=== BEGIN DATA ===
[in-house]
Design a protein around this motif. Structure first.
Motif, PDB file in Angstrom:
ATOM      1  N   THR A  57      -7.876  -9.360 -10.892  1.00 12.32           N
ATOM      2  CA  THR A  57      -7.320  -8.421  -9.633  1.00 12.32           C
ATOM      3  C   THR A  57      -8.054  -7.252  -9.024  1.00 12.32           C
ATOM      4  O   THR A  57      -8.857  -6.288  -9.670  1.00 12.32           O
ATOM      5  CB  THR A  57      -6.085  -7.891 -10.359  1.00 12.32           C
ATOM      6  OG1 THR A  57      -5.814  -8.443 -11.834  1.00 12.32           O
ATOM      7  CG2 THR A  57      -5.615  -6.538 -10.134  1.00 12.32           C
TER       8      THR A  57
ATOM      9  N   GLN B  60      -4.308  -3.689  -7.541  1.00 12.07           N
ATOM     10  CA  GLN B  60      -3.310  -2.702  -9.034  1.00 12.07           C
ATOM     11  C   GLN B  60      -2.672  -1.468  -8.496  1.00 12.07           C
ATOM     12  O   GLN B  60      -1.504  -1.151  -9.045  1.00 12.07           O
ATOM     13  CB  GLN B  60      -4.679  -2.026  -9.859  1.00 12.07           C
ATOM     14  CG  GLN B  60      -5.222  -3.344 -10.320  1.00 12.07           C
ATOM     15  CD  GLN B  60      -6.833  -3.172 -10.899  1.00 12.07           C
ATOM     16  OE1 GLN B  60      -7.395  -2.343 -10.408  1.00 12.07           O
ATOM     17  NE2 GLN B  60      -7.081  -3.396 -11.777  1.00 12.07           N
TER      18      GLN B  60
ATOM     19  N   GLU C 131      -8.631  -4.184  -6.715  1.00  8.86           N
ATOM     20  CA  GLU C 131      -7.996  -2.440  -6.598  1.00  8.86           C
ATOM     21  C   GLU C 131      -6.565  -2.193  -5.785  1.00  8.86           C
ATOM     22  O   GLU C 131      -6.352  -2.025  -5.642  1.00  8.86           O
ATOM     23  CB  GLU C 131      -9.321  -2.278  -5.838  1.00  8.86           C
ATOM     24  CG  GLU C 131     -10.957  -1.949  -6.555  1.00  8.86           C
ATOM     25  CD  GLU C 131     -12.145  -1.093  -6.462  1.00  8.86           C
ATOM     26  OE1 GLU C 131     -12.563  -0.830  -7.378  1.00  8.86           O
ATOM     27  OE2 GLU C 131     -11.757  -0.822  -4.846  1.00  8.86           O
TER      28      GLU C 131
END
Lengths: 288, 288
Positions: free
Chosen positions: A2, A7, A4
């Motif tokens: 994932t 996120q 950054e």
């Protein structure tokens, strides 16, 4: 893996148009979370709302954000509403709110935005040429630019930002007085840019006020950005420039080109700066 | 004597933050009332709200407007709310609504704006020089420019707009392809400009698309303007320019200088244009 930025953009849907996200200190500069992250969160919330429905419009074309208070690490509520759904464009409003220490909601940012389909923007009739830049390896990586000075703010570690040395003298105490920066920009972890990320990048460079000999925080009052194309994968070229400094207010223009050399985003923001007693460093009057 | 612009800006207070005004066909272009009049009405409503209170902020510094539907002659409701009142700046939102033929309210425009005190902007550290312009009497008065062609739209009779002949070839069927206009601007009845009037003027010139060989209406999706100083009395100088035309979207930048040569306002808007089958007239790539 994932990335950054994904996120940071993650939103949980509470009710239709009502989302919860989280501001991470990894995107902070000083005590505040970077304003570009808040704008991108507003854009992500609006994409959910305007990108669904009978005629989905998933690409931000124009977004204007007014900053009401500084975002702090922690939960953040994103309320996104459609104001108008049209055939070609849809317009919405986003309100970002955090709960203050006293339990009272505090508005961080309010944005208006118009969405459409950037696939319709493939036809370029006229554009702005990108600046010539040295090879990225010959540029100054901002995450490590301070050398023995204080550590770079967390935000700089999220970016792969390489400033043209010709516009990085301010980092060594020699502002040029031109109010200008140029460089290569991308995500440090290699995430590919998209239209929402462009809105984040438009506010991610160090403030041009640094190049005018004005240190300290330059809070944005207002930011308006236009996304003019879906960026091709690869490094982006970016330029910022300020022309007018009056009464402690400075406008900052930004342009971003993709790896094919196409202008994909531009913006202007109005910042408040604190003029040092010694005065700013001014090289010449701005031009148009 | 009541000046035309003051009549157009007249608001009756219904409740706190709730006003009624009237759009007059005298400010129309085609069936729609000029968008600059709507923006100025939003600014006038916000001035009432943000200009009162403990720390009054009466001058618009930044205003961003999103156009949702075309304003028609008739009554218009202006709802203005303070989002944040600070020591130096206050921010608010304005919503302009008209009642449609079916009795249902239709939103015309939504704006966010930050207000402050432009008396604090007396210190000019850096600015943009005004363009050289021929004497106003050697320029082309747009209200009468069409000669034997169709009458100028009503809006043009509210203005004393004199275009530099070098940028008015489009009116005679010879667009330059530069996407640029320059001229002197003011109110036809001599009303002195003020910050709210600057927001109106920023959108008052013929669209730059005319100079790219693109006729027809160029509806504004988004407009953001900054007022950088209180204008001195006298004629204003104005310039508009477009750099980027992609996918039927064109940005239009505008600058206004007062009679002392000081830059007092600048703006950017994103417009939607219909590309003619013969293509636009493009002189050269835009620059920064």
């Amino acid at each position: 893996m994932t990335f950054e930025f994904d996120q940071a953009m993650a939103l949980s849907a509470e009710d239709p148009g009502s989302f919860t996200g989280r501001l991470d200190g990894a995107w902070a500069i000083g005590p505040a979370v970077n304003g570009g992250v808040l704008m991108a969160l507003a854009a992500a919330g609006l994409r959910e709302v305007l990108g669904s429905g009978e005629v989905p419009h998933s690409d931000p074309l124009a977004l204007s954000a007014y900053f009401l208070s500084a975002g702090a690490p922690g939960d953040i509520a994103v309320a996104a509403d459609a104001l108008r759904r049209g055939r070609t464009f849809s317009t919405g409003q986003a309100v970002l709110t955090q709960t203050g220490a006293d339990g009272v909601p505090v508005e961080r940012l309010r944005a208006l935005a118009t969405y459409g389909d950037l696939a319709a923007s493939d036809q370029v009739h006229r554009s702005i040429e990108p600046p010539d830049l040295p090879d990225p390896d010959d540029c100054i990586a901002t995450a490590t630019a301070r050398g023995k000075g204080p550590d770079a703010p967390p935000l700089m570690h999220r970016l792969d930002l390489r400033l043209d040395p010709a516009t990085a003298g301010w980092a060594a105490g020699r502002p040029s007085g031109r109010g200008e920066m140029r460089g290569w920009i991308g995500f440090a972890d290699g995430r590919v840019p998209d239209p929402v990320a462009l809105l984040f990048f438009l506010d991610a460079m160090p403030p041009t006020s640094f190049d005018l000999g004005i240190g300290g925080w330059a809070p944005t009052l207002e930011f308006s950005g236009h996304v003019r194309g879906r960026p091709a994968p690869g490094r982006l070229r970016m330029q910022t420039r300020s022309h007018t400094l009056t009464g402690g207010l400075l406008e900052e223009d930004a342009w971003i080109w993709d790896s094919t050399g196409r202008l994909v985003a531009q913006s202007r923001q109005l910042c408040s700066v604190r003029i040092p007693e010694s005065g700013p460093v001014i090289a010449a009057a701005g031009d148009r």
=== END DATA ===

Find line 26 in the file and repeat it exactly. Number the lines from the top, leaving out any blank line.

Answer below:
ATOM     23  CB  GLU C 131      -9.321  -2.278  -5.838  1.00  8.86           C